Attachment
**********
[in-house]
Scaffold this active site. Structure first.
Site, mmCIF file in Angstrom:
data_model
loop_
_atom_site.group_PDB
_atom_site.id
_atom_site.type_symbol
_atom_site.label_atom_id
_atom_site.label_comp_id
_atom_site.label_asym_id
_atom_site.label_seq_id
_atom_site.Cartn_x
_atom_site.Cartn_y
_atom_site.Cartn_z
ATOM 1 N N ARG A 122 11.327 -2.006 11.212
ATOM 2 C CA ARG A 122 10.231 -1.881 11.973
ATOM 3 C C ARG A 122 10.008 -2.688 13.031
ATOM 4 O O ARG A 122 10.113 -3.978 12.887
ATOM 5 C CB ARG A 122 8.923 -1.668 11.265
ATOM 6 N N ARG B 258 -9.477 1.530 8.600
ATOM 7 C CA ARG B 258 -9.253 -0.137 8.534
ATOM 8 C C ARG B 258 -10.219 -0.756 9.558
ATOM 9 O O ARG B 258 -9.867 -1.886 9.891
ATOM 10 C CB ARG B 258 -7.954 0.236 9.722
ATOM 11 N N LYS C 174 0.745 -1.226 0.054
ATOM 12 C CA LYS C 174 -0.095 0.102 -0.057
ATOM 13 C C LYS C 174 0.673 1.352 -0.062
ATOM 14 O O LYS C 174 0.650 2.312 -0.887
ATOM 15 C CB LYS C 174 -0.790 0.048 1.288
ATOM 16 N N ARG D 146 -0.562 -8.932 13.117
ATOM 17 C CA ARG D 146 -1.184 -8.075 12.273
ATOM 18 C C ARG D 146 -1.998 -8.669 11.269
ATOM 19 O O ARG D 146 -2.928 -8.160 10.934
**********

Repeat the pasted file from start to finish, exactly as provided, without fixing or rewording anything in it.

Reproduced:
[in-house]
Scaffold this active site. Structure first.
Site, mmCIF file in Angstrom:
data_model
loop_
_atom_site.group_PDB
_atom_site.id
_atom_site.type_symbol
_atom_site.label_atom_id
_atom_site.label_comp_id
_atom_site.label_asym_id
_atom_site.label_seq_id
_atom_site.Cartn_x
_atom_site.Cartn_y
_atom_site.Cartn_z
ATOM 1 N N ARG A 122 11.327 -2.006 11.212
ATOM 2 C CA ARG A 122 10.231 -1.881 11.973
ATOM 3 C C ARG A 122 10.008 -2.688 13.031
ATOM 4 O O ARG A 122 10.113 -3.978 12.887
ATOM 5 C CB ARG A 122 8.923 -1.668 11.265
ATOM 6 N N ARG B 258 -9.477 1.530 8.600
ATOM 7 C CA ARG B 258 -9.253 -0.137 8.534
ATOM 8 C C ARG B 258 -10.219 -0.756 9.558
ATOM 9 O O ARG B 258 -9.867 -1.886 9.891
ATOM 10 C CB ARG B 258 -7.954 0.236 9.722
ATOM 11 N N LYS C 174 0.745 -1.226 0.054
ATOM 12 C CA LYS C 174 -0.095 0.102 -0.057
ATOM 13 C C LYS C 174 0.673 1.352 -0.062
ATOM 14 O O LYS C 174 0.650 2.312 -0.887
ATOM 15 C CB LYS C 174 -0.790 0.048 1.288
ATOM 16 N N ARG D 146 -0.562 -8.932 13.117
ATOM 17 C CA ARG D 146 -1.184 -8.075 12.273
ATOM 18 C C ARG D 146 -1.998 -8.669 11.269
ATOM 19 O O ARG D 146 -2.928 -8.160 10.934